Who knew that 3 years ago, an investment condo would work out better than an investment house? Rents are going up for sure, after so many years of stagnation. I remember my buddy moved to Yonge and Finch in 2011 and was paying $1400 for renting a 1-bedroom, that was pretty constant in that area till early 2016. Now it's around $17-1800 there I think. 20% in 2 years.

However, I don't have a crystal ball, but I have a feeling that those who invested this year at 1000/sq.ft hoping to rent out are going to be disappointed with their decision.
A lot of people honestly. Why do you think people were buying them up? Anyone who was paying attention to the city was seeing how it was intensifying. Jobs and people are moving to the city like never before.

Then you had people on RFD for the last 5 years laughing saying people are idiots for buying a shoe box in the sky for $350k when it's cashflow negative. Now those condos are worth $600k and pulling in tons of positive monthly cashflow.
Jr. Member
Dec 4, 2016
112 posts
37 upvotes
alex_d10 wrote:
Feb 13th, 2018 3:09 pm
It's a perfect storm right now for downtown landlords. Affordability decreasing, incomes stagnant, young people opting to live downtown and walk to work.

Who knew that 3 years ago, an investment condo would work out better than an investment house? Rents are going up for sure, after so many years of stagnation. I remember my buddy moved to Yonge and Finch in 2011 and was paying $1400 for renting a 1-bedroom, that was pretty constant in that area till early 2016. Now it's around $17-1800 there I think. 20% in 2 years.

However, I don't have a crystal ball, but I have a feeling that those who invested this year at 1000/sq.ft hoping to rent out are going to be disappointed with their decision.
Oil price crashed around early 2015, taking the loonie with it. It took a year for the weaker dollar to cause a booming job market in Toronto and drive up rents. It's a one time effect, unless oil and loonie keeps crashing to ever lower levels. If oil goes back to 120+, we can see a reversal of fortunes.
Deal Addict
Sep 12, 2006
1238 posts
232 upvotes
BlueSolstice wrote:
Feb 13th, 2018 4:45 pm
Oil price crashed around early 2015, taking the loonie with it. It took a year for the weaker dollar to cause a booming job market in Toronto and drive up rents. It's a one time effect, unless oil and loonie keeps crashing to ever lower levels. If oil goes back to 120+, we can see a reversal of fortunes.
How exactly do you propose a higher loonie will decrease demand? Is everyone going to lose their jobs and move back in with their parents? Are people going to move back home to (insert small town here)? Are immigrants going to stop choosing Toronto?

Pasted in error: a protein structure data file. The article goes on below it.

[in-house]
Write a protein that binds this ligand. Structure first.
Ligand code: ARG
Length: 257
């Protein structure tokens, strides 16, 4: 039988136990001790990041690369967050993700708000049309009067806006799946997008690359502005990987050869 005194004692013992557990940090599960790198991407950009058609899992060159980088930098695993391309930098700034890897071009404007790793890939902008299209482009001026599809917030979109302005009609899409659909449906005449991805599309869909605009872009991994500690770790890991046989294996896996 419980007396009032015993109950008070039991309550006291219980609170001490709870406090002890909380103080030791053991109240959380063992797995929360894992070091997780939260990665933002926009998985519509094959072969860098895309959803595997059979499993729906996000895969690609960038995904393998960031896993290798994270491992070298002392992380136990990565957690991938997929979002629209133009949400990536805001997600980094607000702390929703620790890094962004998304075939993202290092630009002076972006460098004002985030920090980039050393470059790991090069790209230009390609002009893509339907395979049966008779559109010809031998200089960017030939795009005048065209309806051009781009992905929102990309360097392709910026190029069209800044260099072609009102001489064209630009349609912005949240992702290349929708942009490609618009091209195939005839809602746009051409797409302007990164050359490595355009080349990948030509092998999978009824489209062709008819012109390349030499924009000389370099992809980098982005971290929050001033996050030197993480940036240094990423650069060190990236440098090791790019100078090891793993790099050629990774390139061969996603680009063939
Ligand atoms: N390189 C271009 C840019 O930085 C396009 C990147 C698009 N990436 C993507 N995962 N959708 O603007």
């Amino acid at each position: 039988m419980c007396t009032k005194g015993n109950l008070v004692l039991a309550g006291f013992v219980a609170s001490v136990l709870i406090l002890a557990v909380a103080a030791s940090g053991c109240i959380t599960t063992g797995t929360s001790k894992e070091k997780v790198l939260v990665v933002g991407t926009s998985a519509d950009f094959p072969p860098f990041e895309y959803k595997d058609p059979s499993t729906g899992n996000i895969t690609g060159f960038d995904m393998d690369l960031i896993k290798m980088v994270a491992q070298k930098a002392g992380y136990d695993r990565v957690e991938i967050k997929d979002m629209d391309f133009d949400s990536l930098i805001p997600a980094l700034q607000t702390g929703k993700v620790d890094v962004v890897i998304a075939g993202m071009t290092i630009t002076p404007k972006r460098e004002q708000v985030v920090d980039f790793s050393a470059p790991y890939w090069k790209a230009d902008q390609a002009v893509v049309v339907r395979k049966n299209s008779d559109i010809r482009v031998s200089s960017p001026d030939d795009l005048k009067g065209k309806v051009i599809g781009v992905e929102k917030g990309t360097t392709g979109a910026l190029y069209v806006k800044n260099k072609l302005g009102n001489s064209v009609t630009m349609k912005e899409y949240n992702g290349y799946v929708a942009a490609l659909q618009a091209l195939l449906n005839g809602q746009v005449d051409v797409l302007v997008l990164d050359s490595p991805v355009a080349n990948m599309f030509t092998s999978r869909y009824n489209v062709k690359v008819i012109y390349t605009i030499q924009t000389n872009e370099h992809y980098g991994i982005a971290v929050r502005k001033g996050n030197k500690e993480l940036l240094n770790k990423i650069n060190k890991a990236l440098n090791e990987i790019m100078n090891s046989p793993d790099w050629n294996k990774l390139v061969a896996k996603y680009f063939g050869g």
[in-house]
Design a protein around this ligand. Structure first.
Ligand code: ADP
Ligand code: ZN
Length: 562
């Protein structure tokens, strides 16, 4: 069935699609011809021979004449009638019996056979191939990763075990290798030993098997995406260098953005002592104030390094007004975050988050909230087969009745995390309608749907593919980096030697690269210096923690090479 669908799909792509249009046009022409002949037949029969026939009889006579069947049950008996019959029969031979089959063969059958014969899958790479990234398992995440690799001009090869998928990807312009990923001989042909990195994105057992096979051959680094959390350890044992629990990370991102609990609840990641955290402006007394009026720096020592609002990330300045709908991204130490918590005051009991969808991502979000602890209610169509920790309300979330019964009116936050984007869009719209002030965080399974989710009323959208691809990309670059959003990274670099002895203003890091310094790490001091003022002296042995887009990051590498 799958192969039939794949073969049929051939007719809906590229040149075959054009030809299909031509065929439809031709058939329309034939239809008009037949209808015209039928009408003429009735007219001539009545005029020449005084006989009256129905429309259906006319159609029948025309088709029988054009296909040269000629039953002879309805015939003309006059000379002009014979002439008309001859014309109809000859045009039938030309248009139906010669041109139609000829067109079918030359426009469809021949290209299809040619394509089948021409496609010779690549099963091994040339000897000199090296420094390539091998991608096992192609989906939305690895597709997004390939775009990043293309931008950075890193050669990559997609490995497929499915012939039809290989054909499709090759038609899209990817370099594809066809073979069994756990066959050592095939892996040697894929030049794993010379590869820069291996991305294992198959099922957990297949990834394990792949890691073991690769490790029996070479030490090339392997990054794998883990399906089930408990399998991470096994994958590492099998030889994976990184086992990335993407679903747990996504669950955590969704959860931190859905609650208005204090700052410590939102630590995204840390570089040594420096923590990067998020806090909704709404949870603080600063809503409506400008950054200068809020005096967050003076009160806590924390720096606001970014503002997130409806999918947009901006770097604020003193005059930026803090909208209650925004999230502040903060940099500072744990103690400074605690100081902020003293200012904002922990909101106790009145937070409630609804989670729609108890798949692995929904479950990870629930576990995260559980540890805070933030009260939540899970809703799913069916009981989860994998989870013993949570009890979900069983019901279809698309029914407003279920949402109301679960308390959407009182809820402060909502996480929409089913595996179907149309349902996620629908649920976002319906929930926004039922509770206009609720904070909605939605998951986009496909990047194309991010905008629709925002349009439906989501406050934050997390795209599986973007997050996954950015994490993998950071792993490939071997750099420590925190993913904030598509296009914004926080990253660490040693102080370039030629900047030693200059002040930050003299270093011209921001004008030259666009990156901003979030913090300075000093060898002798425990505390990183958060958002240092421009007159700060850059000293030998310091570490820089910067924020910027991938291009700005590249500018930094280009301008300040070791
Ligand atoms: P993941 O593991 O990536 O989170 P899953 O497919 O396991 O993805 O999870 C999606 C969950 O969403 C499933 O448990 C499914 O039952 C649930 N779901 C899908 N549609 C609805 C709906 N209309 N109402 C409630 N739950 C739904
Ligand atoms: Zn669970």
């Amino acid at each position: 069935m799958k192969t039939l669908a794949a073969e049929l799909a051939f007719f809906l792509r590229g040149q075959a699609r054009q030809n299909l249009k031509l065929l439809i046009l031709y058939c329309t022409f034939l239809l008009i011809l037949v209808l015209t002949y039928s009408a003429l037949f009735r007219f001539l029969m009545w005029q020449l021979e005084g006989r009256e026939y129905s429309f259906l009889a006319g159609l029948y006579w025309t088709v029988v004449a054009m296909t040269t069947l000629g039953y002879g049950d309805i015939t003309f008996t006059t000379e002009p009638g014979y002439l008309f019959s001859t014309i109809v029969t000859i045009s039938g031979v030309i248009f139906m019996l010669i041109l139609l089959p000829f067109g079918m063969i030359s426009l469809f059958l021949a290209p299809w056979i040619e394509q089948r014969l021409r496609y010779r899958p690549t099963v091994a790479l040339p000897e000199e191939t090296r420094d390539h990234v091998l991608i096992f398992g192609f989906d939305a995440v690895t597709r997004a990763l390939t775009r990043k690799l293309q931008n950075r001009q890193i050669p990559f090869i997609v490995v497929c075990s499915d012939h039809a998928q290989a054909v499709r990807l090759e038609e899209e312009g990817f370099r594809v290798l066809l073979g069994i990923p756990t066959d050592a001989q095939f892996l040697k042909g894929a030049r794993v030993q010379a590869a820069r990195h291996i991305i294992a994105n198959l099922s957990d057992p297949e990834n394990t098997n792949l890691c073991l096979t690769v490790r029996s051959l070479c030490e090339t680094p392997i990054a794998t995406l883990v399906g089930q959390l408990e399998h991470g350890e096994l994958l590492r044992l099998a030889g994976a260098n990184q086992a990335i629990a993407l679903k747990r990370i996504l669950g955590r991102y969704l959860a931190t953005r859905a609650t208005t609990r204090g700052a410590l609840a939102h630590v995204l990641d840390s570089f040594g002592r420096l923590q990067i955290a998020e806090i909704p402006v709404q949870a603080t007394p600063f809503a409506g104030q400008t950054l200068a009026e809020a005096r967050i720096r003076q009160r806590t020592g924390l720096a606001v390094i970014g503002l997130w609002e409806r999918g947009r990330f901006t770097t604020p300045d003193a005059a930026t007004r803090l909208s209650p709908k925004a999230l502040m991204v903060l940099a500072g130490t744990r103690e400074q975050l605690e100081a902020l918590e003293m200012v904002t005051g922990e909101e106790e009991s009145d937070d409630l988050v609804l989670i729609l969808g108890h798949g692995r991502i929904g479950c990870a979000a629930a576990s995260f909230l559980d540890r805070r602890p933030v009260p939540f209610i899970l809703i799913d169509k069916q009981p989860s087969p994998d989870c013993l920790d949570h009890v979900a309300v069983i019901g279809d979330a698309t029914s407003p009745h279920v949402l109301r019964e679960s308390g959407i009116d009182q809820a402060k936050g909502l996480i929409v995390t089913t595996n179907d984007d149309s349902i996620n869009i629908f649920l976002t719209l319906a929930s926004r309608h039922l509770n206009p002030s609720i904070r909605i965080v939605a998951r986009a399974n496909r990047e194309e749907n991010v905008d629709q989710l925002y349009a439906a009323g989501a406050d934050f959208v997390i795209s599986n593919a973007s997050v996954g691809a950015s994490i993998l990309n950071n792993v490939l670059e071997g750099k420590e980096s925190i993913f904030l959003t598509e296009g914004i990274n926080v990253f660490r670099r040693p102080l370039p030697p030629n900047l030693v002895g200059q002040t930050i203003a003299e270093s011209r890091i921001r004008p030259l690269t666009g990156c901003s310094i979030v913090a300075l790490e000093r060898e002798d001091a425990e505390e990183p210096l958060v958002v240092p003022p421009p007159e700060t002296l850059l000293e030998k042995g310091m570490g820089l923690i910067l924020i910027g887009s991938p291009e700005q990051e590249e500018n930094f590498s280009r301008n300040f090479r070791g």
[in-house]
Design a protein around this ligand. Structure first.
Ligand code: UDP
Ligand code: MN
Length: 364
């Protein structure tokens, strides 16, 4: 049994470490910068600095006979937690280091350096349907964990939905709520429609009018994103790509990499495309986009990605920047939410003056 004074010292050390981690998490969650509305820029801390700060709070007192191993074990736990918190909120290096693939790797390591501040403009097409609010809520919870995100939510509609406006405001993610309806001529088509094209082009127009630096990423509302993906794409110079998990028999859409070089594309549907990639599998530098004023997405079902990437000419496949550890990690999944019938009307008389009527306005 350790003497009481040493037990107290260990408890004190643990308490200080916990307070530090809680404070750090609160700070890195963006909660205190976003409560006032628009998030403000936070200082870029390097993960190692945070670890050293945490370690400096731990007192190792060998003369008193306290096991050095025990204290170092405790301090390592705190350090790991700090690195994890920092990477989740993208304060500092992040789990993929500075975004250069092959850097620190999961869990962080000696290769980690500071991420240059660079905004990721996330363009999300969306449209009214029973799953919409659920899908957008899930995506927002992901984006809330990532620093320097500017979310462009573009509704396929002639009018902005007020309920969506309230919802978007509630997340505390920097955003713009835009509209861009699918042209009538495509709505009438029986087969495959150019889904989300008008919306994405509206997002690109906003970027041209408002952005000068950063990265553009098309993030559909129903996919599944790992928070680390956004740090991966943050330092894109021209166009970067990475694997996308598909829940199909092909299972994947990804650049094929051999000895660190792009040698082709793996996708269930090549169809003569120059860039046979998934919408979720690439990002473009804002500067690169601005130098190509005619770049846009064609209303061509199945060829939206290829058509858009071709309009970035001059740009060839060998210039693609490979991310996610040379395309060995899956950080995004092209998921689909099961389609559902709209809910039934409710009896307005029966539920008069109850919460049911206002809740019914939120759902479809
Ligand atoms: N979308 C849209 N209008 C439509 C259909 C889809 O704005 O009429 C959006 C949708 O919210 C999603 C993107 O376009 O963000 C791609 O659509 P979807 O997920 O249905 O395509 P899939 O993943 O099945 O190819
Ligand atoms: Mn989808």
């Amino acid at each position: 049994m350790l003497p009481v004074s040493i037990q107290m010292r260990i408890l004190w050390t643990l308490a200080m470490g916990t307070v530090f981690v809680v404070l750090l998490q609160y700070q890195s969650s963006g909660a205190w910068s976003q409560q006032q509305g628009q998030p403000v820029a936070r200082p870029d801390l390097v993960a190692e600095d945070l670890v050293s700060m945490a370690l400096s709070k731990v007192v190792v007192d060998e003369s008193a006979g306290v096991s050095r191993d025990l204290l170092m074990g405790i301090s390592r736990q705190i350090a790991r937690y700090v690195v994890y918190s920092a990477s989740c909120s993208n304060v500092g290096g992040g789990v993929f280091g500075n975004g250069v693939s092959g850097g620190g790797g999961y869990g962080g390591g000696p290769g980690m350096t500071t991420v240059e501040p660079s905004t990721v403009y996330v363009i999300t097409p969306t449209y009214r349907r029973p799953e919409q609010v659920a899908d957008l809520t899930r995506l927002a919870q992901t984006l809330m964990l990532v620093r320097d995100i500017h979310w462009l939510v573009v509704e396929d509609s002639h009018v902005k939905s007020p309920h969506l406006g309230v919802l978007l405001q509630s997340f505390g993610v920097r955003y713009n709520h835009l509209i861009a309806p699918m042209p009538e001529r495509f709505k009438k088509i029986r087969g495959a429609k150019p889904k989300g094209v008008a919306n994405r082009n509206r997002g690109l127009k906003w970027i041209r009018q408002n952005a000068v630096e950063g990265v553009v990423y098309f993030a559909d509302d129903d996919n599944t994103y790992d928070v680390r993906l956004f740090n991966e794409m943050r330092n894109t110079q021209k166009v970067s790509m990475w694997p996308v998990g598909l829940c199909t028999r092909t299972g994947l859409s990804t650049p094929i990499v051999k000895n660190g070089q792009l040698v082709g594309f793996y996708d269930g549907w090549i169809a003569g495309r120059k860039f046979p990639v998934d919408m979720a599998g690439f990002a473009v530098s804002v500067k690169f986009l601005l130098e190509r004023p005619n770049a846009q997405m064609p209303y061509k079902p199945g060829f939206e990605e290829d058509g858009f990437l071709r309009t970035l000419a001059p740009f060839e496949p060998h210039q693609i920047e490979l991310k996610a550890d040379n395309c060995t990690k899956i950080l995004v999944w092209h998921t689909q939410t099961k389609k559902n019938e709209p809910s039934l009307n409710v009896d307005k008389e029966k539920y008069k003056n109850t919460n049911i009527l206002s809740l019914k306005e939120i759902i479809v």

I see rents tapering off (affordability ceiling) but not decreasing by much, if at all. Demand is still growing and will only decrease if we see a boom of purpose-built rentals to undercut the condo landlords.
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User avatar
Sep 8, 2007
5076 posts
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Way Out of GTA
alex_d10 wrote:
Feb 13th, 2018 5:03 pm
How exactly do you propose a higher loonie will decrease demand? Is everyone going to lose their jobs and move back in with their parents? Are people going to move back home to (insert small town here)? Are immigrants going to stop choosing Toronto?

I see rents tapering off (affordability ceiling) but not decreasing by much, if at all. Demand is still growing and will only decrease if we see a boom of purpose-built rentals to undercut the condo landlords.
Not going to be much purpose built rentals near term 1) more profit upfront to sell as condos 2) provincial govt is untrustworthy in terms of rental laws each time further eroding landlord rights
Jr. Member
Dec 4, 2016
112 posts
37 upvotes
alex_d10 wrote:
Feb 13th, 2018 5:03 pm
How exactly do you propose a higher loonie will decrease demand? Is everyone going to lose their jobs and move back in with their parents? Are people going to move back home to (insert small town here)? Are immigrants going to stop choosing Toronto?

I see rents tapering off (affordability ceiling) but not decreasing by much, if at all. Demand is still growing and will only decrease if we see a boom of purpose-built rentals to undercut the condo landlords.
Higher dollar makes the workforce in Toronto more expensive, leading to fewer jobs. Same way low oil prices lead to lower housing prices and lower rents in Alberta. Or the impact of federal government layoff in Ottawa. That said, I'm somewhat bullish on Canadian RE as a whole, and not calling for 50%+ crash. Note that 50% crash would only get Vancouver and Toronto to a few years ago, if you look back in time.
Sr. Member
Feb 23, 2009
505 posts
550 upvotes
Oshawa
rjg4235 wrote:
Feb 13th, 2018 3:15 pm
A lot of people honestly. Why do you think people were buying them up? Anyone who was paying attention to the city was seeing how it was intensifying. Jobs and people are moving to the city like never before.

Then you had people on RFD for the last 5 years laughing saying people are idiots for buying a shoe box in the sky for $350k when it's cashflow negative. Now those condos are worth $600k and pulling in tons of positive monthly cashflow.
Not positive cash flow I you buy now for $600K.
I would rather have a real house with a yard in the 'burbs for $600K.
Others will realize the same soon also.
History repeats it's self.
Member
Jan 3, 2017
308 posts
211 upvotes
Super_Chicken wrote:
Feb 12th, 2018 11:48 am
Lmao, anyone renting a unit from over 5 years ago is well over cash flow positive. Anyone from the last 5-20+ years ago is likely making pure profit at this point. They can easily afford to have the unit sit vacant and not care. Relatives own a triplex in Toronto outright, the first unit covers all the bills, the other 2 are profit in the bank. Due to health issues they've had one of the units vacant for over a year now. They are still making profit on it.

Just because a small few new landlords are over leveraged doesn't mean the whole market is. As rates go up they will be underwater and will adjust based on their unique scenario.
This. I want to buy but I haven't bought a new property in about 6 years simply because It doesn't make any sense right now. Even getting a duplex to have positive cash flow these days is pushing it.